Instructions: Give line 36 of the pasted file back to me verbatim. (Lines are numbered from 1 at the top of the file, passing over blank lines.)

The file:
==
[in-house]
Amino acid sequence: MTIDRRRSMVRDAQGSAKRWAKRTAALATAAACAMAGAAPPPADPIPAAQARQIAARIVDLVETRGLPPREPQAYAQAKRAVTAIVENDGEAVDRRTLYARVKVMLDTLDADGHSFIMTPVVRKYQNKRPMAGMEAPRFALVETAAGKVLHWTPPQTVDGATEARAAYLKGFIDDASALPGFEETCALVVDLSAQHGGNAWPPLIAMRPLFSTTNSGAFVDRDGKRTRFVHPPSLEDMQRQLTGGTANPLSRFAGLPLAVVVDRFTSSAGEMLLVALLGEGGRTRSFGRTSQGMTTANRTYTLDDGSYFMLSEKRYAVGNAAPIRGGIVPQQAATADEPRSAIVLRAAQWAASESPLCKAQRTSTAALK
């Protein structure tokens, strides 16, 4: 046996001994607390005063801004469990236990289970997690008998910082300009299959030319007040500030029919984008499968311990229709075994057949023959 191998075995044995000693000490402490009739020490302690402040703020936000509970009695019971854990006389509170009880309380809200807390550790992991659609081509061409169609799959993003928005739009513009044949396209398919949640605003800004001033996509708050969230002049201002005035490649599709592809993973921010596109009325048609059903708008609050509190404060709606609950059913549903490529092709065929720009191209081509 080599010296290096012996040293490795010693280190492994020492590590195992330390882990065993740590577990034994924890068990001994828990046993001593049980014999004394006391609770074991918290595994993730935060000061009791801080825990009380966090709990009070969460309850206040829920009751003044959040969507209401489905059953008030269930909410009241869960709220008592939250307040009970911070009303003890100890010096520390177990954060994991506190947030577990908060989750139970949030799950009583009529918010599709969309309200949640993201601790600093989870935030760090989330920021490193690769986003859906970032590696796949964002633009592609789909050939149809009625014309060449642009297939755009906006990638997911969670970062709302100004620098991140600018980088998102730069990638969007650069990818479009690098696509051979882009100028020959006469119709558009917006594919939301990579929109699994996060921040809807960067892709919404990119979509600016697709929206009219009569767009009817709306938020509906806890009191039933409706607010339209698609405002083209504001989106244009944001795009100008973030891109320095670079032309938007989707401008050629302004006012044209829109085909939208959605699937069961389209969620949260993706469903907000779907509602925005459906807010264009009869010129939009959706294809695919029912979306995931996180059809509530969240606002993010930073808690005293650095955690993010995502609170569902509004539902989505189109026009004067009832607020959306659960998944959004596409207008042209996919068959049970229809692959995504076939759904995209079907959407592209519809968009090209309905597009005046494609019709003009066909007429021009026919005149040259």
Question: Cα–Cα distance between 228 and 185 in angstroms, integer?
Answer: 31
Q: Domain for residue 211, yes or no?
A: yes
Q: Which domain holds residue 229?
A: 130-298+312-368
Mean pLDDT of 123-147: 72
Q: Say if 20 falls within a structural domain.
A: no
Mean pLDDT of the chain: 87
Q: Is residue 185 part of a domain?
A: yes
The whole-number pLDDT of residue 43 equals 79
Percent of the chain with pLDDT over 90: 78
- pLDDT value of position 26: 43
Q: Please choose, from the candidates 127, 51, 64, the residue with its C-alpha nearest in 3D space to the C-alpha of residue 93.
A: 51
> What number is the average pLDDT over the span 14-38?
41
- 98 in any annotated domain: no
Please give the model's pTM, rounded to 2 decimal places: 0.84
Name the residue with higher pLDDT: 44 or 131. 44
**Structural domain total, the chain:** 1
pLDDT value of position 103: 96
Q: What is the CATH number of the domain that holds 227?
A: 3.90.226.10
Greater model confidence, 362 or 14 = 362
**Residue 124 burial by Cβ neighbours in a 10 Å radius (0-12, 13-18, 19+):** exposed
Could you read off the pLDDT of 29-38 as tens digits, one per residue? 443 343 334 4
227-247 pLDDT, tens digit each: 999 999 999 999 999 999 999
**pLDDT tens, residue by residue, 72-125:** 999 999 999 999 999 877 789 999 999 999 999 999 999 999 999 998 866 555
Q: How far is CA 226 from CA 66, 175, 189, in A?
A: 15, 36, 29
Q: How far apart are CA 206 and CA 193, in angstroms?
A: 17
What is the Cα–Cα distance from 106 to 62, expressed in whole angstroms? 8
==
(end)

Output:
A: 15, 36, 29